Carrow Cup Traditional Boat Race

Solent Galley Bembridge rowed in the Traditional Boat Division at the Carrow Cup in Norwich today and we won!
Only by 12 seconds over a Cornish pilot gig, but that's good enough. Especially as their crew was a lot younger than us (the codger crew of 60 year olds that have had a very good year).
More later when the pics come back from Boots get uploaded.

Friday, 9 December 2011

Currach for Sale

The Irish currach is one of those survivals that win because they are still the best boats for the job in the wild Atlantic swell off the west coast. Skin on frame, they are rowed with narrow sea oars that may lose on grip in the water but don't clip the waves so badly on the return (and it may also be something to do with short supply of long knot-free timber thereabouts).
Mike Morris in Chester has a nice example for sale. He writes:

Hi Chris,
I have a currach for sale and was wondering if anyone would be interested in her.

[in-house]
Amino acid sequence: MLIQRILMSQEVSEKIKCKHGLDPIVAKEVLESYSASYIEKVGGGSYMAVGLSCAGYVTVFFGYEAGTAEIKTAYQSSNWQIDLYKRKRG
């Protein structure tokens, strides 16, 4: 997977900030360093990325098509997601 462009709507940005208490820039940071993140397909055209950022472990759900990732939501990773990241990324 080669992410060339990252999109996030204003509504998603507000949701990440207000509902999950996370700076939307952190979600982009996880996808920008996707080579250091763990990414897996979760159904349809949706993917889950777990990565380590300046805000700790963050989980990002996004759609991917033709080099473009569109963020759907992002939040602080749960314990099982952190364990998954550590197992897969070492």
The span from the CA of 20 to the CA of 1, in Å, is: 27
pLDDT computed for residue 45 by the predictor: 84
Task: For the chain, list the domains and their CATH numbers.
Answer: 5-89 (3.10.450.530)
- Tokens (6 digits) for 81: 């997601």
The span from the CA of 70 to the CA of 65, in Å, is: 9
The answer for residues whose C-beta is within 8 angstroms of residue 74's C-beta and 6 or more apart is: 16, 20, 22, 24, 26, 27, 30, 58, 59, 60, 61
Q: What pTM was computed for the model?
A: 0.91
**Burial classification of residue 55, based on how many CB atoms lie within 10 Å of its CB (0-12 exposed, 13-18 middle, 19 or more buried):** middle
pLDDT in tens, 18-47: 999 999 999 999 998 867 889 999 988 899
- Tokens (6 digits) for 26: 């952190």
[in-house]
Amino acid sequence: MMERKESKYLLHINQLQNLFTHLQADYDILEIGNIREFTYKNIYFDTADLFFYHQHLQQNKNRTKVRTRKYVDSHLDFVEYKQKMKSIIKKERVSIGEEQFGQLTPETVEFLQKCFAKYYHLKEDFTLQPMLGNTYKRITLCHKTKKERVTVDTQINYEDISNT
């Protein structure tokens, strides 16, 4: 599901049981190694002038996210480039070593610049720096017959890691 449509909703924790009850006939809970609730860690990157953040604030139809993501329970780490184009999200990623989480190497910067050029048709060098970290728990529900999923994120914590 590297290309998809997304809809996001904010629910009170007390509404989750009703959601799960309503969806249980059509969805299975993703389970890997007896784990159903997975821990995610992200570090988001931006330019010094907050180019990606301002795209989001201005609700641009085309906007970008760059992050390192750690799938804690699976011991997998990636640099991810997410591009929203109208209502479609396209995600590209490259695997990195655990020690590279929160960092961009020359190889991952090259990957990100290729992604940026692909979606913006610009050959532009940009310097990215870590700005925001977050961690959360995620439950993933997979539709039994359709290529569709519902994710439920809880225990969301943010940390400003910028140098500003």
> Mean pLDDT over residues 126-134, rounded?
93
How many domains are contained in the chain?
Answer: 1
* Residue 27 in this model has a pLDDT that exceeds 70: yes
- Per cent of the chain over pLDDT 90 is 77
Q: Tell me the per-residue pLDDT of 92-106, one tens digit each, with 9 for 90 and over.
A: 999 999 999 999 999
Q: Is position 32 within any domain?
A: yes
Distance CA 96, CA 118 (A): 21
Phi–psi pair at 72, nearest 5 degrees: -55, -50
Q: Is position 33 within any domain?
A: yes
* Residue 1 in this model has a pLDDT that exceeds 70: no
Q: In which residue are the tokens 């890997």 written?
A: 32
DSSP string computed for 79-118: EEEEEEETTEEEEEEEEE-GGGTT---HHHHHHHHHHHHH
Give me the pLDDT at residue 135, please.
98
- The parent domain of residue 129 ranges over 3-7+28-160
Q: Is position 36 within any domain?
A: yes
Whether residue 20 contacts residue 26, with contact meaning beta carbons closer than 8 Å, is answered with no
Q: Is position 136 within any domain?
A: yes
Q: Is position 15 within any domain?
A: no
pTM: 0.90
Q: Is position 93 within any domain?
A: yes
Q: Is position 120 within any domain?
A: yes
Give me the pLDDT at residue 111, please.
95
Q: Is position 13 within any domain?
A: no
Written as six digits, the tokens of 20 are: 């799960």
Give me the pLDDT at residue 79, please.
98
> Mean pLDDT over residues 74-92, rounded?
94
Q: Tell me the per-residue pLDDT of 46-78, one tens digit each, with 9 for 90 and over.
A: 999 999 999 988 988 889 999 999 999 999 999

She is a 14 ft Toraigh (Tory) Island currach made by Holger Lonze as part of the Loch Neagh boat project he ran. She has a replacement skin which I put on. 
These currachs have the advantage of a false keel, which means you can drag and launch them more easily than others, and she tracks much better, which is good for river rowing, although she is designed for the sea. The history of this type is set out on the Meitheal Mara website. She is very stable and good for a single rower plus passenger (she can take two rowers if desired). I imagine she would be good for lake fishing. Drawback is that although she can be put atop a large car or van, this is quite a task and she really needs a trailer, in which case she can be launched single-handed. She has original oars but really needs a set of new ones, which are fairly easy to make. She can also be fitted out with a rudder and for sailing.